Already Aristotle (384-322 B.C.), however, was unsuccessfully concerned with "liberating the spirit of wine from wine". It is not certain when this was first achieved, but there are descriptions from the 2nd century BC. The Roman author Pliny the Elder (23-79) assumed that there must be something combustible in wine. The Aztecs in ancient Mexico mastered this art and made intoxicating drinks from agaves (see under Pulque). Tartars in the Gobi desert produced the alcoholic drink "Kumyss" from mare's milk and distilled it into "Karakumyss" (milk spirit). When the Moors (Arabs) conquered Spain in the 8th century, they brought with them the art of distillation. This was mainly used in the pharmaceutical industry and for the production of scented waters. A document from 1150 describes the art of making "Aqua ardens" (burning water) from wine. At this time the name "Aqua vitae" (water of life) was common.
At the beginning of the 13th century it was already possible to produce up to 90% alcohol by repeated distillation (ten times or more). The scholar Albertus Magnus (1193-1280) further developed the distillation apparatus. The Spanish doctor and scholar Arnaldus de Villanova (1240-1311) used his experience to invent the wine now known as Vin doux naturel. From the beginning of the 14th century onwards, the term "spiritus vini" (spirit of wine), first used by the naturalist and physician Theophrastus Bombastus Paracelsus (1493-1541), became generally accepted for distillates and was later equated with the term alcohol. The term "spirits" for the end products from a wide variety of starting materials is also derived from this.
Distillation is the physical process of heating, vaporizing and subsequent condensation (lat. destillare = dripping) of a liquid in order to separate liquids with different boiling points (water and alcohol). No sulphur may be contained in the starting products, as a viscous, unpleasantly smelling substance would be produced during distillation. For this reason, desulphurisation may have to be carried out. Due to the high temperatures and the high alcohol content in the end product, there is no need for sulphur in the wine production process to protect against oxidation. The alcohol type ethanol (potable alcohol) has a boiling point of 78 °C. This significantly lower value compared to water and other types of alcohol makes distillation possible.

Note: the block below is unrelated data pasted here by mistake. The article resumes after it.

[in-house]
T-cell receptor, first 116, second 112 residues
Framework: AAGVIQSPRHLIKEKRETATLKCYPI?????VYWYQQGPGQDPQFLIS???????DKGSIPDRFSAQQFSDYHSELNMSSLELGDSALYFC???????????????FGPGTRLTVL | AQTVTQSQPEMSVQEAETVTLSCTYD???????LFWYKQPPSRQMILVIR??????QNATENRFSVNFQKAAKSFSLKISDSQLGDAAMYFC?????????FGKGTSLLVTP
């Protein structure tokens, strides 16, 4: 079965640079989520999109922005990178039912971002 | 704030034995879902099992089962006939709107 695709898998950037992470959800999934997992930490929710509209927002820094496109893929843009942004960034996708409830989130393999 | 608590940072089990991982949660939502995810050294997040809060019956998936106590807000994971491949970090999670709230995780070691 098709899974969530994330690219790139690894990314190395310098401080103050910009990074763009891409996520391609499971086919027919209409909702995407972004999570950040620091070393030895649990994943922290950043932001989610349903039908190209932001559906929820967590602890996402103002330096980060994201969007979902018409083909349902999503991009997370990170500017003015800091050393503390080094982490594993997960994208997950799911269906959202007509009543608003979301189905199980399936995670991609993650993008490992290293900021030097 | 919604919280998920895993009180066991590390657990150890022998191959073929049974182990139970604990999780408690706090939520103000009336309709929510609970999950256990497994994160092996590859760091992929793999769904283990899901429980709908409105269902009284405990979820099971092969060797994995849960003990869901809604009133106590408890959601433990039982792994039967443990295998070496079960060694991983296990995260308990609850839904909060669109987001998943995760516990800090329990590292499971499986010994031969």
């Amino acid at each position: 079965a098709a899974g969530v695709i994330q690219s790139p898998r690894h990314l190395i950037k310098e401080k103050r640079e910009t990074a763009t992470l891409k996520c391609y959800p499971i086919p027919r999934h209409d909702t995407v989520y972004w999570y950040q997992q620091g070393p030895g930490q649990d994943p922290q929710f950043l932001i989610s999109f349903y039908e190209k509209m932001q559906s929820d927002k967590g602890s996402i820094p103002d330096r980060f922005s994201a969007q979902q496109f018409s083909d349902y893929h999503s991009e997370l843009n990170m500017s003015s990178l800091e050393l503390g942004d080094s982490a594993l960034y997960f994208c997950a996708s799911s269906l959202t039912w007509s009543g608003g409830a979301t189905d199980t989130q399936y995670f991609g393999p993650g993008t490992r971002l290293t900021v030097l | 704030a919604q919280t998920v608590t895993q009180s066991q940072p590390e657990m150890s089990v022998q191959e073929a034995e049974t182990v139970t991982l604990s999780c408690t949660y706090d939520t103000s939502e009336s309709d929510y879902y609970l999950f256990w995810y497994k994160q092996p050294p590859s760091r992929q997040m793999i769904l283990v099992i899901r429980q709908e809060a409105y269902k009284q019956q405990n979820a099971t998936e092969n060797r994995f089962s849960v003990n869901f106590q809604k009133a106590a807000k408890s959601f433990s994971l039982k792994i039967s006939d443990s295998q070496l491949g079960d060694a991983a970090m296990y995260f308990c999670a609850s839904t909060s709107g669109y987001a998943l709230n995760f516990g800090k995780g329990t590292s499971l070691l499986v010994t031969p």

At the beginning of the distillation process, larger quantities of the alcohol type methanol, which is toxic to the organism above a certain limit, can also be produced, therefore this part is separated. This is relatively easy to do because at 65 °Celsius it has an even lower boiling point than ethanol. Special care must be taken to avoid the formation of the highly toxic ethyl carbamate, which can be formed by the influence of light on the distillate or by reactive processes during storage. In the classic process, fortified wine or mash from different fruits is used for the first distillation and, depending on the product, is distilled two or more times. Differently for each product there is a downflow limit, a maximum permissible alcohol content.
In the course of time, various distillation methods have developed. The traditional one is called periodic (fractional) distillation. This involves two or more independent distillation processes, in which the distillate is collected in a container. During the first distillation the raw distillate is produced with an alcohol content of about 30 to 40% vol. If this is subjected to a new distillation (Pot Still), the fine distillate is produced with about 70% vol. In the pot still process, only the "heart" (French: coeur = heart) from the middle reaches is used for further processing into brandy. Pre-run and post-run are inferior distillates; they are separated and treated separately. If necessary, a third distillation takes place. This is used for the French brandies Calvados (apple) and Cognac (wine).
The second process is continuous distillation (Patent still distilling, Continuous distilling, Column still distilling or Coffey still distilling). The distillation plant consists of two connected columns. The distillate is not collected in between, but is produced in one operation. The cold mash is let in through pipes, heated in the second column and transported to the first column, where the mash is heated with steam. This is common, for example, in the French Armagnac or in the production of distilled water. With this process, it is possible to achieve an alcohol content of up to 97.2% vol
The end products are usually aged in oak barrels for up to five years or more - special bottlings of Armagnac and Cognac 20 years and more. They are then reduced to a drinking strength of at least 38% vol. alcohol by means of distilled water. Depending on the source product and the production process, the designation is regulated by EU spirits regulations. There are also protected designations such as Armagnac, Brandy de Jerez, Cognac, Grappa, Lourinhã, Metaxa, Orujo, Ouzo, Pálinka, Pisco, Singani, Tequila, Tsipouro and Zivania. Brandy, gin, rum, brandy, whisky and vodka are not protected of origin
In the case of commercial distillation, the quantities must be collected in respect of the fiscal charges. In the distillation law, a distinction is made in this respect between compensatory distillation and cap distillation. Complete lists of the numerous vinification measures and cellar techniques, as well as the types of wine, sparkling wine and distillate regulated by wine law are included under the heading "vinification". Comprehensive information on wine law can be found under the keyword wine law.